FDIC Consumer News
Auto Loans: Test Drive the Financing Before You Go to the Dealership
For most consumers, an auto loan is their biggest monthly expense after their mortgage or rent payment. That's why, when you're thinking about buying a car, it's as important to research the loan as it is to check out sales prices and gas mileage. Here are some strategies to consider.
Before Going to the Dealership
Review your credit reports from each of the three major credit bureaus long before you apply for a loan. Something as simple as fixing mistakes in your report — for example, correcting erroneous information that indicates you made late payments when you always paid on time — may qualify you for a smaller down payment or a lower interest rate.
Under federal law, consumers are entitled to a free credit report every 12 months from each of the three major bureaus — Equifax, Experian and TransUnion. Since the information can vary significantly among those three companies, obtain copies from all three. To order your free copies, go to www.AnnualCreditReport.com or call toll-free 1-877-322-8228.
Think carefully about how much you can afford to pay for a car. Your monthly payment will depend on the term (length) of your loan, the interest rate and the amount you borrow. In most cases, what you borrow will be the price you pay for the car plus any options you select minus your down payment and the value of any trade-in. In addition, consider the charges for car insurance, property and sales taxes, as well as registration, inspection and title fees.
At the Dealership
An alternative to buying a car is leasing one for a few years. Monthly lease payments can be lower than monthly loan payments, but at the end of the lease you won’t own the car. And if you need a car just once in a while, consider using a service that rents for periods as short as an hour.
Shop for a loan at your bank and several other lenders. Find out about the types of loans and the Annual Percentage Rate (APR) for which you qualify. The APR is a required disclosure showing the total cost of the loan, including interest charges and many fees, expressed as a yearly rate.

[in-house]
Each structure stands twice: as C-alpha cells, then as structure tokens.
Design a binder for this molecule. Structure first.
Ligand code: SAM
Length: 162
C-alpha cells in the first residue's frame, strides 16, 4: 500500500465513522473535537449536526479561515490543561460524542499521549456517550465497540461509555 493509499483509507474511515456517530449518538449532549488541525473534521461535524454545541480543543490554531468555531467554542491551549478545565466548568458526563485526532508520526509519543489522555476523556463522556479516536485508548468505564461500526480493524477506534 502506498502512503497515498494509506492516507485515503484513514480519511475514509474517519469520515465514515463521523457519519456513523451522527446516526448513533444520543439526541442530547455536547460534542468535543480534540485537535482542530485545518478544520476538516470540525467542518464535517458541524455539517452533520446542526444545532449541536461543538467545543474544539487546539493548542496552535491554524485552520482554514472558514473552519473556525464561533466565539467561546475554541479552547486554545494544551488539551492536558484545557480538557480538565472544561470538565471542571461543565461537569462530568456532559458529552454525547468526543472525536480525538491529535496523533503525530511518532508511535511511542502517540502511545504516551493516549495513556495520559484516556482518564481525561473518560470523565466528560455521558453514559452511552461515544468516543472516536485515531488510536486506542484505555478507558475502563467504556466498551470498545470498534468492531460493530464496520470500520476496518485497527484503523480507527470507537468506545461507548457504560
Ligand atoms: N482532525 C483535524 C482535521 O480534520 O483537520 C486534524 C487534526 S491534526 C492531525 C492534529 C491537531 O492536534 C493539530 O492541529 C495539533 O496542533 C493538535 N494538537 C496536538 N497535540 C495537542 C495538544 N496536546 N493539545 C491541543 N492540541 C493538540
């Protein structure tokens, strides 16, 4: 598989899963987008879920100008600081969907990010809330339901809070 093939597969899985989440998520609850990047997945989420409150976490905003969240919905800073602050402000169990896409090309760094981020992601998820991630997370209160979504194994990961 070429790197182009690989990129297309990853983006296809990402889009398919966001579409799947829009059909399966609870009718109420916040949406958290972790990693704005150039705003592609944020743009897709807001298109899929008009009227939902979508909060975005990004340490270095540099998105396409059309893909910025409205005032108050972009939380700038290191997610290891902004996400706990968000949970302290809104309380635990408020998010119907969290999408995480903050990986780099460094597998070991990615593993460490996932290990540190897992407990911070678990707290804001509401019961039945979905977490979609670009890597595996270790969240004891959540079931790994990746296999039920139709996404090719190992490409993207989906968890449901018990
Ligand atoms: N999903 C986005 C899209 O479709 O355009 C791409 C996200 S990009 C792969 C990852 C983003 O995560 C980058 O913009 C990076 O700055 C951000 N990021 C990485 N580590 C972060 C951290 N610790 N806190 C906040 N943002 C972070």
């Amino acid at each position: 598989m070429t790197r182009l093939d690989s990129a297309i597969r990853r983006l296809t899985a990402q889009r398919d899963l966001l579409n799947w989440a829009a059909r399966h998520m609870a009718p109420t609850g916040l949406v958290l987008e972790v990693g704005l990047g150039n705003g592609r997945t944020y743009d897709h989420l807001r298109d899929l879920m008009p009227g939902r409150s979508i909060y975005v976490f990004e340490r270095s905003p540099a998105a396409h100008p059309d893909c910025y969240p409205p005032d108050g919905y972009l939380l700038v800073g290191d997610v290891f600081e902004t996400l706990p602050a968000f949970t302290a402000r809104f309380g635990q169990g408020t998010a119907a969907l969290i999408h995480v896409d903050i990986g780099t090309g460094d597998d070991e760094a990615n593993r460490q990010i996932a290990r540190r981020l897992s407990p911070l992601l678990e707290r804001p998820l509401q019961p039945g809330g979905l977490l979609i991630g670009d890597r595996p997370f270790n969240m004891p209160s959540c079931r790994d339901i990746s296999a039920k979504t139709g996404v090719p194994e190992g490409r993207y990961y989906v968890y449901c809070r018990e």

Consider getting “pre-qualified” by a bank or credit union for a specific loan amount. “This doesn’t mean you have been approved for a loan,” explained Joni Creamean, Chief of the FDIC’s Consumer Response Center. “But it will help you know approximately how much you can afford to spend on a car and how much it will cost you in finance charges before you get to the dealership.”
If you are trading in a vehicle, research how much your car is worth. “The more you know about the car’s current value before you go into the dealership, the more likely you will be to get a good deal on the trade-in,” said Heather Gratton, an FDIC Senior Financial Analyst.
If you have been pre-approved for a bank loan, consumer advocates suggest keeping the financing decision separate from the negotiations on the price of the car. If you negotiate the vehicle price with the dealer before discussing a possible trade-in and financing, it is easier to see if you are getting a good price on the car.
Be cautious about offers to “pay off” anything you owe on a car to be traded in. A car dealer might advertise that it will pay off the balance of the loan on your trade-in vehicle, no matter how much you owe. However, if you have “negative equity” — you owe more on the car being traded in than it is worth — the promise to pay off the entire loan may be misleading. Instead of being paid off, the amount you owe on your trade-in may be rolled into your new loan, deducted from your down payment, or both. The result would be an increase in your monthly payments and, most likely, a major jump in the total cost of the loan after factoring in the interest to be paid.